Most HDSLRs produce either h.264 or, more rarely, MJPEG material in Quicktime or AVI format, respectively. Most NLEs, including Final Cut and Premiere, will to some extent handle these formats directly, but it isn’t a good idea to work that way. All compressed formats use computer horsepower in decompression, but h.264 is notoriously hard work for your edit station. In Final Cut, for instance, everything will be renderable, and Premiere Pro will crawl along on even the best hardware. The quality of DSLR video is also so compromised by compression that recompressing it — which is a requirement if you want to do more than cuts-only editing — is going to be incredibly toxic to image quality.
The solution to all these issues is to convert the material from h.264 or MJPEG to some other intermediate format. The choice of that format, and how one gets material into it, is a critical one. There are two choices to make at this stage: either work completely uncompressed, for a truly gold-standard finish, or live with a little compression to make things easier for the computer’s storage system.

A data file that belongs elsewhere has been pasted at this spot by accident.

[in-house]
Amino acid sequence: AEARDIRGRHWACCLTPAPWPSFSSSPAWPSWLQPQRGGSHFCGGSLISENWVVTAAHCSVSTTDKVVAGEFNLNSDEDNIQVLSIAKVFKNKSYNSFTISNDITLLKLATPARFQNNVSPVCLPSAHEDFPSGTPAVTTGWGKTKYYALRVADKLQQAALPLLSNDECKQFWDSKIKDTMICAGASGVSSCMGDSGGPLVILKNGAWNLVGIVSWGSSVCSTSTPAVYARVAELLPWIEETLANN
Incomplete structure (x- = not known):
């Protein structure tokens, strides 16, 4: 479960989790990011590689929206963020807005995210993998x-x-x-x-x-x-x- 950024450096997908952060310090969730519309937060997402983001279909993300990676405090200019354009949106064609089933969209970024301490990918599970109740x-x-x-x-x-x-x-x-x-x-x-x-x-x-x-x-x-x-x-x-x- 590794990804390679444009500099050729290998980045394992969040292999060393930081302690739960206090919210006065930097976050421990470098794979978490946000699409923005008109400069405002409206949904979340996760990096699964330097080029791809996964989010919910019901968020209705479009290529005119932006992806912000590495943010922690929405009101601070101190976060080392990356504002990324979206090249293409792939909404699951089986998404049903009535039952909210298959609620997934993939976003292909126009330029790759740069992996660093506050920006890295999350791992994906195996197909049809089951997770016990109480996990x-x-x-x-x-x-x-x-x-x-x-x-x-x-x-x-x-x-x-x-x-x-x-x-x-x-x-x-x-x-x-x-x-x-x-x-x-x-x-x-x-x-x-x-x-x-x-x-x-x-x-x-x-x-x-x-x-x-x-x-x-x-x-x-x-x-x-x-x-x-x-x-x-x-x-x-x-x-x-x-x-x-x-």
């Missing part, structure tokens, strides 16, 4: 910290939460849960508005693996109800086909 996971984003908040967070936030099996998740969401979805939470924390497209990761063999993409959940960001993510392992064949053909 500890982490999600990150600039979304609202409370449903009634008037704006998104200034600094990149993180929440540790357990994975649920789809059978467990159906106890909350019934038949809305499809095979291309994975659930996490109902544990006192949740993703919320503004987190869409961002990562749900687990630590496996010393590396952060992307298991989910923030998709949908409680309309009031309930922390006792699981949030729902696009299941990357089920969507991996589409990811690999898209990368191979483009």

To maintain maximum quality, the most obvious solution is to work with completely uncompressed material. Recompressing one codec with another, as would be done when using any form of compression, will always cost something. This is true even if the output codec has very high bandwidth.
Doing this immediately puts the filmmaker into the “seconds per gigabyte” range of storage consumption, but that isn’t very difficult to accomplish when terabyte hard disks can be purchased for a few hundred dollars. If all the original material has been backed up to another device, it might be decided that an unprotected RAID-0 array offers acceptable reliability. In this case it’s possible to cut uncompressed, full-resolution, 4:4:4 RGB, equivalent to just under 200MB/s at 24fps, on as few as four hard disks. These can be readily installed in most PCs and some Macs and configured with standard operating system tools. A purist would say that an external, rack-mounted storage array would be a better bet, but it can be done with less. HD capture board vendors such as Blackmagic and Aja ship their products with test utilities designed to stress hard disks in the same way they will be stressed during real work, allowing the user to evaluate what the system will tolerate. Free utilities such as HDTach are less ideal, but will provide a rough idea.